Tens of thousands more Brits were dying than expected and experts aren’t quite sure why that is.
From May to December last year, there were 32,441 excess deaths in England and Wales, excluding deaths from Covid.
Excess deaths are defined as the number of people who died above the five-year average – worked out excluding 2020 due to how Covid spiked death figures that year.
This means that over 32,000 Brits would’ve been expected to be alive, but died according to Office for National Statistics (ONS) figures across this period.
These shocking figures raised a number of important questions about what is happening to the country’s populations, how it’s changing, and why so many more people are dying.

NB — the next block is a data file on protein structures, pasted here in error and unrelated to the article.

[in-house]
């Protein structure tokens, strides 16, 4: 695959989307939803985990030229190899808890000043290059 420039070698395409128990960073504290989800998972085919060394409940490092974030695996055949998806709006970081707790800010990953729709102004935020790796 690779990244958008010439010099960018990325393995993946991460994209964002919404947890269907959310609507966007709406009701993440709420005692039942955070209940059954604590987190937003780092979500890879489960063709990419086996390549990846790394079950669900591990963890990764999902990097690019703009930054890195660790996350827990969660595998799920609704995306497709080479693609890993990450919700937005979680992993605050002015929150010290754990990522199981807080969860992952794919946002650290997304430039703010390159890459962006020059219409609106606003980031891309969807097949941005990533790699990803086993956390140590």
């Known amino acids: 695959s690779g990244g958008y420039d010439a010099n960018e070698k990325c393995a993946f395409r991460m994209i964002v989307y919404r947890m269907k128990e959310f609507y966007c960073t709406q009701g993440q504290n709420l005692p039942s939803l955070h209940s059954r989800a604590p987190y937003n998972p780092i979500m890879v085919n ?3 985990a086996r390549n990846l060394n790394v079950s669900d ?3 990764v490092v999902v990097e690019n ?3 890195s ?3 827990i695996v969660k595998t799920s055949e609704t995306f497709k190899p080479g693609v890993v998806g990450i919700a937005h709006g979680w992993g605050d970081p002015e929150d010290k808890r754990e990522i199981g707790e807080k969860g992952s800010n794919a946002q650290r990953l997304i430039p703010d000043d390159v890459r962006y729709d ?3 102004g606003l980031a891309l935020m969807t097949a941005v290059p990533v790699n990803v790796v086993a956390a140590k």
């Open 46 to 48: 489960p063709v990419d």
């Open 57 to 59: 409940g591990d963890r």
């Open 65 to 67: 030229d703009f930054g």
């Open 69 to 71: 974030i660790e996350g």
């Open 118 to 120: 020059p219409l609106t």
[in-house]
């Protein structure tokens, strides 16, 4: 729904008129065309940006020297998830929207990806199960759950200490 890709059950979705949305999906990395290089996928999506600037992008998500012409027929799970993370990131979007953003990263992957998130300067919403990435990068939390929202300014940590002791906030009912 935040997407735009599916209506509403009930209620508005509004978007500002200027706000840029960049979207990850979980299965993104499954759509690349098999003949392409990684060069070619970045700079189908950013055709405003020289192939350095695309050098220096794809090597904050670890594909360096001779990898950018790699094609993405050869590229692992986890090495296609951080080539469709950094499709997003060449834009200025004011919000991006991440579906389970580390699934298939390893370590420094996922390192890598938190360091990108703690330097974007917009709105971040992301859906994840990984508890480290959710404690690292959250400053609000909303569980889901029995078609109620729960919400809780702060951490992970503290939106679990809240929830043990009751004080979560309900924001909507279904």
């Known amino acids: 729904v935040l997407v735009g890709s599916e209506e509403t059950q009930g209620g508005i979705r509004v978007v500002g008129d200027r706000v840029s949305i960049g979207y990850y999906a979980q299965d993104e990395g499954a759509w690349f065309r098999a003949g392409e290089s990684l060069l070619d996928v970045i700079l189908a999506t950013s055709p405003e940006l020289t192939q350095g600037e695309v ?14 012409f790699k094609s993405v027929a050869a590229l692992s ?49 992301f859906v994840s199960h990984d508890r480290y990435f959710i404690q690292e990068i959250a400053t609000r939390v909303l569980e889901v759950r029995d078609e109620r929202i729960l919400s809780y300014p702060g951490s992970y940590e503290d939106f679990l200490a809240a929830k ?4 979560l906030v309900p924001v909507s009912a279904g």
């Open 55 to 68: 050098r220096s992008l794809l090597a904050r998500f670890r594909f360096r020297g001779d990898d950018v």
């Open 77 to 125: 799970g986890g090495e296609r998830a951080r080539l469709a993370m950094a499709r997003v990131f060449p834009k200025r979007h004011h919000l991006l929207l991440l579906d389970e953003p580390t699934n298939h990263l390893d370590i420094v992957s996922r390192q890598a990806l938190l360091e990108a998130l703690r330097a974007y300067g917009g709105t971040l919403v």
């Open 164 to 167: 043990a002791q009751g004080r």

Ever since the Covid pandemic, excess deaths have fluctuated wildly month on month, tumbling well below the five-year average or spiking far above it.
The spikes in excess deaths can be attributed to a number of causes, but it isn’t clear what’s driving these spikes or causing these drop-offs.
Similarly, earlier in 2022, excess deaths dipped well below average levels, with one expert group speculating to the Mirror that a ‘mortality displacement’ effect might explain why so many deaths are bunched up in the space of several months, being passed on from the months prior.